News and Press Releases


June 06, 2011

GRAND RAPIDS, MICHIGAN – Joseph Carr, 56, of Lansing Michigan was sentenced today to 72 months (six years) in prison for a his role in a mortgage fraud operation in the Lansing, Michigan area, U.S. Attorney Donald A. Davis announced. At his guilty plea in February, Carr admitted that he defrauded Bank of America by recruiting “straw buyers” to apply for a mortgage loan for a home that he himself intended to occupy, and inflated the value of that home in order to increase the amount of the loan. In this manner, he was able to secure a loan of $175,000 for his own use.

The sentencing hearing occurred before U.S. District Judge Janet T. Neff. She imposed a sentence above the recommended range called for by the federal sentencing guidelines because she was concerned about the scope of the economic damage that resulted from the activity of Carr and those assisting him. However, because he has been cooperating with investigators for approximately two years, and has made it possible for the government to bring federal criminal charges against approximately a dozen other individuals engaged in the same kind of mortgage fraud activity, Judge Neff explained that the six year sentence she had selected was below what she otherwise would have imposed for Carr. Carr was allowed to voluntarily surrender himself to the Bureau of Prisons when instructed to do so.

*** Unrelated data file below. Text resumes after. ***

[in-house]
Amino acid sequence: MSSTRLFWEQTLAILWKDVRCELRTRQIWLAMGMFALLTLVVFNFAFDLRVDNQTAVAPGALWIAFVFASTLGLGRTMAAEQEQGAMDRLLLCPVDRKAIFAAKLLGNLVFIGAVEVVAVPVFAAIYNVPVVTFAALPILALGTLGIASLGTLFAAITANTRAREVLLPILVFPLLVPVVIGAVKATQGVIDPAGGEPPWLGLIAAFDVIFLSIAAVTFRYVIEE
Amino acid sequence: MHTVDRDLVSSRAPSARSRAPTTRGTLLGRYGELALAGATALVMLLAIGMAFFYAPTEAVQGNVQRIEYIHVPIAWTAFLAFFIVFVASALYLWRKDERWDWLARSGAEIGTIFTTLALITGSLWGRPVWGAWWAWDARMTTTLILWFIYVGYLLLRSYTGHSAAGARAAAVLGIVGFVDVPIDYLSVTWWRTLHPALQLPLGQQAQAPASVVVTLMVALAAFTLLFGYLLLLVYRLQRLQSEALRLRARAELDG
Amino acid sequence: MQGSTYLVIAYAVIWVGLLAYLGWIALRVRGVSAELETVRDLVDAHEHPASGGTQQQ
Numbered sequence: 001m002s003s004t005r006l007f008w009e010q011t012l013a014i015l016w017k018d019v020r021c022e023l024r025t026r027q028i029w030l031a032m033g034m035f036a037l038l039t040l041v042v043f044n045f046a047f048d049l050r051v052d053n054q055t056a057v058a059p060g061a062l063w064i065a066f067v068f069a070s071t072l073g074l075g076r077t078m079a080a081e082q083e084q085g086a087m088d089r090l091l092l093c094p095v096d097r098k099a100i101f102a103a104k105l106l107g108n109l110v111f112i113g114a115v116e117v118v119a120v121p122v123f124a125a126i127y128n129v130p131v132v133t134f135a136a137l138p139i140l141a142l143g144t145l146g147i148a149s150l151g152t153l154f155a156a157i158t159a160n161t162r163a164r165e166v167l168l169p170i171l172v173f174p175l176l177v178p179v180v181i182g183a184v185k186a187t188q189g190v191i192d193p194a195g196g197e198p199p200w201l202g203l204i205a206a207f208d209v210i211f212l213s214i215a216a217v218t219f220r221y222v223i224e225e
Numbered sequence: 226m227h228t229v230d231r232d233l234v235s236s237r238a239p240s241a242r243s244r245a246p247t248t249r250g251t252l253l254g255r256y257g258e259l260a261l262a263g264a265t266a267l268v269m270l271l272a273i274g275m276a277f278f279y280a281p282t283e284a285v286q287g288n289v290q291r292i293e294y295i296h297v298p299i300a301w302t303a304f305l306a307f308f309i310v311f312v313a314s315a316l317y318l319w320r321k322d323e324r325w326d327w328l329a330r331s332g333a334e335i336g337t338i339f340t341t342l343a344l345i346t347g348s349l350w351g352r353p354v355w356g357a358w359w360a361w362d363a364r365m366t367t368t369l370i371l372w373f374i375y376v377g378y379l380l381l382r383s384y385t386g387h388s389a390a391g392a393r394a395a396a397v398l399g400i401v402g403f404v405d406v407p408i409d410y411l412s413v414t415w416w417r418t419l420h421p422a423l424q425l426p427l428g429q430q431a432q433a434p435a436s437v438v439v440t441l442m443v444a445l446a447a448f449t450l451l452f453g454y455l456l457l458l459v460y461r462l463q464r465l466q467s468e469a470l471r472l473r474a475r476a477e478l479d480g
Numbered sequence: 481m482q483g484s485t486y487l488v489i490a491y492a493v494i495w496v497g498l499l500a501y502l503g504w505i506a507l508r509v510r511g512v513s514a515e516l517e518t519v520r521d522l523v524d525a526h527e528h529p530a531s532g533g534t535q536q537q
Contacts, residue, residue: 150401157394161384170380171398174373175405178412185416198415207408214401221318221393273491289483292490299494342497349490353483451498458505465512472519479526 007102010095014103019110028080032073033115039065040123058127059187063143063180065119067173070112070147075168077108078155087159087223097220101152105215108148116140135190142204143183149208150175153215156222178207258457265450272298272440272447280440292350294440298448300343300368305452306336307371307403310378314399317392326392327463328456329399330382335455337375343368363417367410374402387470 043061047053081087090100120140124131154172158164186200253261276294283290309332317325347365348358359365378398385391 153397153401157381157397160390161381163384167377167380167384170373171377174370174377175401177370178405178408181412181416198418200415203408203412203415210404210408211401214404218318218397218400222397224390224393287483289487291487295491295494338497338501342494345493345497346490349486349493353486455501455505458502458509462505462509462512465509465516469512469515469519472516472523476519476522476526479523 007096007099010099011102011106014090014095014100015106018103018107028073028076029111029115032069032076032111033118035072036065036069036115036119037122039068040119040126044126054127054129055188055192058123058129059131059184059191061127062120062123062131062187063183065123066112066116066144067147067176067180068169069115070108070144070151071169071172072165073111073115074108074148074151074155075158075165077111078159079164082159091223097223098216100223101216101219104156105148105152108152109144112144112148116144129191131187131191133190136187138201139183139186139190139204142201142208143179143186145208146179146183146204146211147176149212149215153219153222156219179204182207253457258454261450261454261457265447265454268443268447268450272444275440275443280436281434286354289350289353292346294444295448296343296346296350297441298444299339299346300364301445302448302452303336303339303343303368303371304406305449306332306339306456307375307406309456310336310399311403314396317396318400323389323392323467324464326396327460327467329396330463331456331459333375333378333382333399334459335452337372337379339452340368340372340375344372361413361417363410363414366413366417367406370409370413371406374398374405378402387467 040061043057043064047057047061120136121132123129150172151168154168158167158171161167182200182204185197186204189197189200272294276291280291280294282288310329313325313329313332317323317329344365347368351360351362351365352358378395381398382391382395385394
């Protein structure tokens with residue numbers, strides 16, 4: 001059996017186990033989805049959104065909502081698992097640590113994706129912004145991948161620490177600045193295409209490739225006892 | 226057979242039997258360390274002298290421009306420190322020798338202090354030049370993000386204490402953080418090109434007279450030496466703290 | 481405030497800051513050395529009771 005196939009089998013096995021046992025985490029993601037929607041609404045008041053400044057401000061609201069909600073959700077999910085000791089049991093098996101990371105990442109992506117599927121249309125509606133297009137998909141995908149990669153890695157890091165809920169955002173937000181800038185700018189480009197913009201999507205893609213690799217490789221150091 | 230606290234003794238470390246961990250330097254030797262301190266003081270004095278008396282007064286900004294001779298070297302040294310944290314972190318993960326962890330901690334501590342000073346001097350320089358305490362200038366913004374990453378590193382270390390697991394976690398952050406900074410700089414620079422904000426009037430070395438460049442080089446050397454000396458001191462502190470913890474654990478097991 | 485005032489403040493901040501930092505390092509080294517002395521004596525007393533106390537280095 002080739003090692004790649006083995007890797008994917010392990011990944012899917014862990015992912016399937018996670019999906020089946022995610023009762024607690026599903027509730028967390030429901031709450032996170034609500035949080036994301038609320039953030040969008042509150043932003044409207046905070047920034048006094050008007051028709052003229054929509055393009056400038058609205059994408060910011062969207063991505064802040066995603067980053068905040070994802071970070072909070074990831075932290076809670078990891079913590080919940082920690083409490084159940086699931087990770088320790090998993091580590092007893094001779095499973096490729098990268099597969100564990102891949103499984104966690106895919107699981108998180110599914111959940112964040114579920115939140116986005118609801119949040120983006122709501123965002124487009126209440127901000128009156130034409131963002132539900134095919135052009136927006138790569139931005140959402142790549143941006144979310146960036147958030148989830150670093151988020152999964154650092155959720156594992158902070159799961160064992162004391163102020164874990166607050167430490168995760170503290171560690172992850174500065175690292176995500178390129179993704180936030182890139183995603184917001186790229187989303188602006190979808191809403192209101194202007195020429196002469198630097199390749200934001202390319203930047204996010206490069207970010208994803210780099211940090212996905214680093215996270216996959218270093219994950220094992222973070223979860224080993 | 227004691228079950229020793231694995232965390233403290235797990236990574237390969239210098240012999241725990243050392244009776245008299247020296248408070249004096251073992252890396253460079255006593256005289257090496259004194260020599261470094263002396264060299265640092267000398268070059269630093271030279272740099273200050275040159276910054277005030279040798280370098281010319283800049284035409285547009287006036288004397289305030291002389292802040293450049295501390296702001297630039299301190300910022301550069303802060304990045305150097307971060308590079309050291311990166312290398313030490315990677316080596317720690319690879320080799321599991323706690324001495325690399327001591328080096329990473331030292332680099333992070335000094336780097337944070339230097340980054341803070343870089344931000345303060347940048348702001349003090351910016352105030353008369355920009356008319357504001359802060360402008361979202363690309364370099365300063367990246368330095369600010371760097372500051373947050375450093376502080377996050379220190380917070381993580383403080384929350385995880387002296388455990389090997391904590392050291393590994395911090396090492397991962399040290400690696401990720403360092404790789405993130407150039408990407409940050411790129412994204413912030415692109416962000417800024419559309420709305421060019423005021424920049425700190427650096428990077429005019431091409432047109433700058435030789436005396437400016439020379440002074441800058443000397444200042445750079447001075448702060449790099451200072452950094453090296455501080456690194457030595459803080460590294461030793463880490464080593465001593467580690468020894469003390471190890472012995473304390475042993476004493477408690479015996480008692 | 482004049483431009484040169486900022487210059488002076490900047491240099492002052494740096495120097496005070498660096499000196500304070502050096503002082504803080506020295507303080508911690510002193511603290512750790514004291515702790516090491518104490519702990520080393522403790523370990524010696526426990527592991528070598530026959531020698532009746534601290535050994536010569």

This mortgage fraud activity is being investigated by the Federal Bureau of Investigation as part of the Western District of Michigan’s Mortgage Fraud Task Force. This group was created to investigate and prosecute the growing number of mortgage fraud cases that have recently come to light. U.S. Attorney Davis stated, “Mortgage fraud has played a significant role in the mortgage crisis that has brought so much misery to Michigan citizens. Federal law enforcement will vigorously pursue the perpetrators of these frauds to face the punishment they have earned.”


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